I’ve had some cool helicopter flights over the years but this one in the Faroe Islands stood out amongst the rest. There was no simulated engine failure and hard landing like the time I flew in a Chinook with the Royal Air Force, nor were the doors off like my flight over Miami with FlyNyon or over Rio de Janeiro with Vertical Rio, and there was no landing on a volcano like in Iceland with Nordurflug, but what there was on this flight was a whole host of fascinating sights and facts.
Firstly, the flight was operated by Atlantic Airways, the airline of the Faroe Islands, but what makes this special in a sense is that the Faroese are able to travel between the 18 islands with the helicopters as a sort of taxi, subsidised by the government to make it cost-effective and allow the locals to get about, see their family, their friends, and anything else you’d like to do. My flight was between Klaksvík and Vagar, with some stops along the way, and it cost £40 ($50) for the ticket.
Secondly, the helicopter fleet doubles up as the islands search and rescue fleet, meaning that the aircraft and crew are on call 24 hours a day, every day. The aircraft, an Leonardo AW139 is equipped with cameras including infra-red capabilities as well as a winch, and everything else they require for their SAR function. The passenger seating feels secondary to this.
So, let me tell you about my flight. I arrived at the departure lounge (actually a shed) at Klaksvík half an hour before my flight to find the passenger manifest sitting next to a computer displaying the current ATIS, which showed an unreadable cloud base and advisories I’d never before seen, but my name was ticked off whilst the pilot was downing a decent-looking lunch and I explored the pad briefly before we were called to board (and by that I mean the pilot said, “ok let’s go!)
On the walk up to the aircraft the pilot introduced himself and said, “you must be David.” I felt kinda cool for a brief moment, then he continued, “I dropped some workers off on Mykines this morning, do you mind if we change the route so we can pick them up? You’ll have a longer flight.” Obviously my answer was no, let’s do it! Already scheduled to stop in Tórshavn we were now making a trip of three legs, each approximately 15 minutes, and each taking in various sights along the way.
The first leg to Tórshavn took us through the fjords and along the mountain lines, ducking and diving where weather dictated to maintain VFR (Visual Flight Rules) along the way. On landing in Tórshavn the pilot announced to the disembarking passengers, “this is Tórshavn, and there’s a man who will come and open the door for you – his name is Peter.” Everyone got off a side from me, and two German chaps got on. The landing was hot, meaning the pilot kept everything running (including the rotors) and as soon as the other passengers were clear we took off again, turning south and following the coastline cliffs down to the island of Vagar and then past Dranganir towards Mykines. Mykines is a small island, featuring dramatic sheer cliffs to the north and a gradual slope up from the sea to the summit from the south. The helipad is on the edge of a very small village, and when we landed the two workers got on board for their ride back to Vagar airport. The take off here, with the pilot seeming to be in his element, was fantastic. We went up to a low hover, the inclining slope ahead of us, and then the pilot dropped the nose and pulled the collective, giving us an awesome ride up the slope just off the ground until we reached the top and suddenly the land beneath us disappeared and was replaced by incredible cliffs plummeting straight down to the cold, rough Atlantic, and we turned hard right towards Vagar. Interestingly, Vagar airport was built by the Royal Engineers of the British Army during the Second World War, where the British occupied and defended the Faroe Islands from nazi invasion following their invasion of Denmark. The runway, therefore, is very short and sits amongst mountains, so any arrival features twists and turns to avoid the terrain and very hard braking to stop, and departures have hard acceleration and steep climbs. There’s a fun fact for you, free of charge.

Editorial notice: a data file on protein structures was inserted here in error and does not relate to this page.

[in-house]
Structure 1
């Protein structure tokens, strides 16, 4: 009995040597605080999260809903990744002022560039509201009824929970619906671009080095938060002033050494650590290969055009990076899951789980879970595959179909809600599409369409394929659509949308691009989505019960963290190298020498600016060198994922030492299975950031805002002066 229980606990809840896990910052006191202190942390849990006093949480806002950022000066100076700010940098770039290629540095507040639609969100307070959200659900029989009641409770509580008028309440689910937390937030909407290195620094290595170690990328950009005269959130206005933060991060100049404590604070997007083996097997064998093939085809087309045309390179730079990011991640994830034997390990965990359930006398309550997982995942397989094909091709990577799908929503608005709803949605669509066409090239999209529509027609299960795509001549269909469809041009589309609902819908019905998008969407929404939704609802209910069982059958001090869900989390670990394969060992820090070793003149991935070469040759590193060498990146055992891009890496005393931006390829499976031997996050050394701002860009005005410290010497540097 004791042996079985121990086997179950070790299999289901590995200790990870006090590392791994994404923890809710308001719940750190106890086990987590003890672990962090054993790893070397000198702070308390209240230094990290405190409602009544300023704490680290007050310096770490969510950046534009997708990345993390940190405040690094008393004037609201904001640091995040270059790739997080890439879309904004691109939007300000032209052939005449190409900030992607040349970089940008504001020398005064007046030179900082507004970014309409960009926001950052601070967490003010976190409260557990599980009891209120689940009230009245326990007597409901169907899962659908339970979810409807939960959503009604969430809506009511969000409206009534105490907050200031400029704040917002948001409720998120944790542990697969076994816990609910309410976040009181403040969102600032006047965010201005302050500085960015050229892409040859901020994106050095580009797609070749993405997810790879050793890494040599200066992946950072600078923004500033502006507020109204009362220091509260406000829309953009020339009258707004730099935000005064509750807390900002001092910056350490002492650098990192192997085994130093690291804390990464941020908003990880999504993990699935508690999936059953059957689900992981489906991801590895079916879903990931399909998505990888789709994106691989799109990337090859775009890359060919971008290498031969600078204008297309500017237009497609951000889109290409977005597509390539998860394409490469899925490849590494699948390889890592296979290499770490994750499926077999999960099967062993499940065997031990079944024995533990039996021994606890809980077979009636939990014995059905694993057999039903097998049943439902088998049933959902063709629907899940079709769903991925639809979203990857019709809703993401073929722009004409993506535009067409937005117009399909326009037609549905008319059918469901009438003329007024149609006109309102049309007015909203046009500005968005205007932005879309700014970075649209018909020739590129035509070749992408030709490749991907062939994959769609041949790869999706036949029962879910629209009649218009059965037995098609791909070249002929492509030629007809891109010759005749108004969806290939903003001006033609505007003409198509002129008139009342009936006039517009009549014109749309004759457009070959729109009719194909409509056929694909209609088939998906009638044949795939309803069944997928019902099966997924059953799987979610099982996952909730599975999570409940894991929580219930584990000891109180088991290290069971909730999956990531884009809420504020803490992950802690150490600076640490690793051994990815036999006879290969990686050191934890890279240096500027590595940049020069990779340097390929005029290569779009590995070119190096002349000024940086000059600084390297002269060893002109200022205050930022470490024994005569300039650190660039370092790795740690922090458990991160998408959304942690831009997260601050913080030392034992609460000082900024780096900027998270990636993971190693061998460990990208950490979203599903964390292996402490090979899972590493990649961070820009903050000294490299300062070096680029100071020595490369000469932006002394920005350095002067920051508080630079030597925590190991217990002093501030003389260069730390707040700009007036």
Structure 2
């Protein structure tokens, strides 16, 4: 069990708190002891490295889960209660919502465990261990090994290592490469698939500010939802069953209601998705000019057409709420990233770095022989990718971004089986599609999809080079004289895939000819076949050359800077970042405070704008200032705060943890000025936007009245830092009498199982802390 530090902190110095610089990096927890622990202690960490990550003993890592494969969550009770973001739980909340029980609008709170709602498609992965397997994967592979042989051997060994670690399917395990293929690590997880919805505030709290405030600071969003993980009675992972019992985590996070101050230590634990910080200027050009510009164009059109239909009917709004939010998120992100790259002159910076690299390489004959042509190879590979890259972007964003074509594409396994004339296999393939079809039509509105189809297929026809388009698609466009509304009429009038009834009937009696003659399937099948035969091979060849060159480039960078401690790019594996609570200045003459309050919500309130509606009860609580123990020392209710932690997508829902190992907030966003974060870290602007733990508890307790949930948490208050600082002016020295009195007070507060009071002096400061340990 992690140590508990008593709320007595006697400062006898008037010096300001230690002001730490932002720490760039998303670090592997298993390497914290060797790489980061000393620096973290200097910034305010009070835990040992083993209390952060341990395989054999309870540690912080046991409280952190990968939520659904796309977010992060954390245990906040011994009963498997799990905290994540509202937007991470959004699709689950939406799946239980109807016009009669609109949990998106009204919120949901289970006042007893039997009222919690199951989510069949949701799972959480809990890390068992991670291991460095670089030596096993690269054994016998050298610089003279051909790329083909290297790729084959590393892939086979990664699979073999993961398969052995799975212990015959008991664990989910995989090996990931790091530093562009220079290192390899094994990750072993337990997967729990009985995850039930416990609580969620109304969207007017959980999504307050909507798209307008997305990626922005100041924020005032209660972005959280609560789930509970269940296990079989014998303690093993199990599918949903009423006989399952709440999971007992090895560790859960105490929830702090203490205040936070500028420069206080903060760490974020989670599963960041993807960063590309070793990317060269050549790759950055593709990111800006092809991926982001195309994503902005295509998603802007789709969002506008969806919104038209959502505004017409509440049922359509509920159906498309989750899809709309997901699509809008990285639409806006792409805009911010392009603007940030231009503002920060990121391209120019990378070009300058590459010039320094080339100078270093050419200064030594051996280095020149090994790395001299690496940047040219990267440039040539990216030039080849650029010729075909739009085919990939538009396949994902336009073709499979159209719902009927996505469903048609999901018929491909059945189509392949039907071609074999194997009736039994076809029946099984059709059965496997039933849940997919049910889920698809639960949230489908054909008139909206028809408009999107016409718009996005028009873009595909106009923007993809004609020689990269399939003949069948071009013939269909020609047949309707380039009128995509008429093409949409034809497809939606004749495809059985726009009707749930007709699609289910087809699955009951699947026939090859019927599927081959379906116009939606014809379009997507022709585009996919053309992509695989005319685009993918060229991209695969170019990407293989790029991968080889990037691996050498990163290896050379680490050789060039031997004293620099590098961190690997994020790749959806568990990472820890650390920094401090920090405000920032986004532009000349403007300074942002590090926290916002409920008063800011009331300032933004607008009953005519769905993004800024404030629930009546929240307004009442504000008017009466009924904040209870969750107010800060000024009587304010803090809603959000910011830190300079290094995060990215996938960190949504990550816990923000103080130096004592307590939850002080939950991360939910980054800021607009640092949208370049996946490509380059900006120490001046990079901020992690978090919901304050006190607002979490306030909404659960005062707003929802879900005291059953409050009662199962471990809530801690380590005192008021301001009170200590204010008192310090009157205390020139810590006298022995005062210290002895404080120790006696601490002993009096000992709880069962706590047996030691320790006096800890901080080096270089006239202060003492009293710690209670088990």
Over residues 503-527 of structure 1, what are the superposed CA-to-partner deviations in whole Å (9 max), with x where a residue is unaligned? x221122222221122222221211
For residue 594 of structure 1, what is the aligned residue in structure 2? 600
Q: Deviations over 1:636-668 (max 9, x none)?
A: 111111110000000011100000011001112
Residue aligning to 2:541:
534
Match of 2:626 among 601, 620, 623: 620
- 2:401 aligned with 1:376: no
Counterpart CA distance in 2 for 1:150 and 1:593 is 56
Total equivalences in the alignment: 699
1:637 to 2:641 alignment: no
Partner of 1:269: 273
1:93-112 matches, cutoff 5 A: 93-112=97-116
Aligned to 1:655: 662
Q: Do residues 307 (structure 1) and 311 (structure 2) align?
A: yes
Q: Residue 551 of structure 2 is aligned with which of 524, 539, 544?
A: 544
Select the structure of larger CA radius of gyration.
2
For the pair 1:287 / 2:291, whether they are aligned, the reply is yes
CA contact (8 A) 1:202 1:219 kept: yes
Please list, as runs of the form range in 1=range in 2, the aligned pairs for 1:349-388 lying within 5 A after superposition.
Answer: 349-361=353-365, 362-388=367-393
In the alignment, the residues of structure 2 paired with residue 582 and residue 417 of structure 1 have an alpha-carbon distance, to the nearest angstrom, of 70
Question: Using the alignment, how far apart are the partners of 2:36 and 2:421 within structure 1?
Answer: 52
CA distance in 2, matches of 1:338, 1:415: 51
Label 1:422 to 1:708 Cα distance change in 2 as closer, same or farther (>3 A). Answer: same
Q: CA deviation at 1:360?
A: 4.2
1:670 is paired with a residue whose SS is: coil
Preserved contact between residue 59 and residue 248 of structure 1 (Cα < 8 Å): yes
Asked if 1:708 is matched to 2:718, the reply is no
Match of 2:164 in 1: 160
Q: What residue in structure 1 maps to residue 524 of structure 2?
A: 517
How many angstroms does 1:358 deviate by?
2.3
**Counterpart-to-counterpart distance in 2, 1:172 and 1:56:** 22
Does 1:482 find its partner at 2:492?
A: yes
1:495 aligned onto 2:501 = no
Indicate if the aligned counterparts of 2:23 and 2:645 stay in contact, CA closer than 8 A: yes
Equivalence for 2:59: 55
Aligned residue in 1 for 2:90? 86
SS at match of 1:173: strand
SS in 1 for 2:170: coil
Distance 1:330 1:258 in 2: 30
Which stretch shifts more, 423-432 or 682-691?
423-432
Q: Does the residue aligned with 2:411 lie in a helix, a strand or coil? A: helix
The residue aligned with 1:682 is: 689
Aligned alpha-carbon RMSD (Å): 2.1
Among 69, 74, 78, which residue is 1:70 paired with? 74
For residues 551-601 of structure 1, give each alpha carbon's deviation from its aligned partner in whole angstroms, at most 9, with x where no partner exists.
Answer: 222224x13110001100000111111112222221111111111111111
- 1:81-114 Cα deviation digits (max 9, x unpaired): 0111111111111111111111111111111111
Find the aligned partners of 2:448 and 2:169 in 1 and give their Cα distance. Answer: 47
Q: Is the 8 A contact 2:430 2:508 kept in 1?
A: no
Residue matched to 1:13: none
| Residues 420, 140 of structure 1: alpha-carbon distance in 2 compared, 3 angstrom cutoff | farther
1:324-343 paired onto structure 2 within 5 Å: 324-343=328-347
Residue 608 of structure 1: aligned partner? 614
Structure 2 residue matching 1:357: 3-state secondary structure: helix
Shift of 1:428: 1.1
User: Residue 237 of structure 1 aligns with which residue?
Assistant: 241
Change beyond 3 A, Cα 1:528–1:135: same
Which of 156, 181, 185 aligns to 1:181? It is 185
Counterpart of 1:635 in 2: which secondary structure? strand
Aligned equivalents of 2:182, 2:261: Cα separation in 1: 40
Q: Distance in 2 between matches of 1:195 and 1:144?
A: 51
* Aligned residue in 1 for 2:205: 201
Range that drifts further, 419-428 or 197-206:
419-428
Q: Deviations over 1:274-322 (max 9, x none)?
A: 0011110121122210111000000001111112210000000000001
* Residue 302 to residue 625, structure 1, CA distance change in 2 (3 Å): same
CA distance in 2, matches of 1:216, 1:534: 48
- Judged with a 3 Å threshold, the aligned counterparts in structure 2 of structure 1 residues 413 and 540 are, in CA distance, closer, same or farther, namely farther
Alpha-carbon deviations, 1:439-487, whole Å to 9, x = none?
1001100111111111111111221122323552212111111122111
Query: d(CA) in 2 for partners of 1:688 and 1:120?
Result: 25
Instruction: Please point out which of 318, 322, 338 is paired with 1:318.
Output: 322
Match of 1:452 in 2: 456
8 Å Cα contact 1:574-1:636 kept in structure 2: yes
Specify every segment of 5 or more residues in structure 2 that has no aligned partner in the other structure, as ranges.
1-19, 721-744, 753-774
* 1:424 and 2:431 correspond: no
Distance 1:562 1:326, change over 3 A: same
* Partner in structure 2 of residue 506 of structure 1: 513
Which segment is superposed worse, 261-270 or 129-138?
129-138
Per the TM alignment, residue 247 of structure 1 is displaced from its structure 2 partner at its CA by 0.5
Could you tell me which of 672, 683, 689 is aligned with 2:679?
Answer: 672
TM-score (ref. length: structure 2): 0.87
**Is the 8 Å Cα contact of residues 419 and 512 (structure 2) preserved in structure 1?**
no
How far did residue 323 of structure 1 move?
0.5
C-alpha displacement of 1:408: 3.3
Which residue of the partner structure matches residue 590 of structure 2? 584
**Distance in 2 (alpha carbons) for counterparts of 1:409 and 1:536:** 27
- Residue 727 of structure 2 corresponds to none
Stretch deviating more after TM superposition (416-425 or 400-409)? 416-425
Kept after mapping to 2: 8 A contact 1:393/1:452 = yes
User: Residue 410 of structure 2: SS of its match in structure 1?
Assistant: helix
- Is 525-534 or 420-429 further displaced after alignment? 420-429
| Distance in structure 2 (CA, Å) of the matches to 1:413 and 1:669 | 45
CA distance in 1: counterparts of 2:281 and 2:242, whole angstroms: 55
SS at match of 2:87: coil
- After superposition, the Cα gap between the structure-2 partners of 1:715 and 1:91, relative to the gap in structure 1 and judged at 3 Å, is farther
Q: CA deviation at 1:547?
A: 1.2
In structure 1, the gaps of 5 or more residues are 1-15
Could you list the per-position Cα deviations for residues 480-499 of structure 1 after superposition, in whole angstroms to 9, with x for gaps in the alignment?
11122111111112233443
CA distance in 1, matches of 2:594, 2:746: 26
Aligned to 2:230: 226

The approach to Vagar airport, the base of Atlantic Airways and the only airport in the Faroes, was very calm and signified the end of the working day for the crew, but the start of another journey for me. As we landed and were taken from the helicopter to the airport terminal (still open but with no flights arriving or departing) I now had to deal with a problem. You see, with the government subsidises helicopter flights there comes a catch. You can only take one flight per day, and I was now at almost the complete opposite end of the Faroes to where I’d parked my rental car!
The bus network (ssl.fo if you ever need it) is also pretty good, with the 300 taking me from Vagar airport to Tórshavn and then the connection 400 taking me from there to Klaksvík. The cost was £11 ($15) and it got me back to my rental car parked up in a residential street in Klaksvík where it was now snowing pretty heavily in around 2.5 hours, but for all that adventure it was well worth the approximately £50 I’d spent!
If you ever find yourself in the Faroe Islands, you must see them from above, and Atlantic Airways is the way to do it!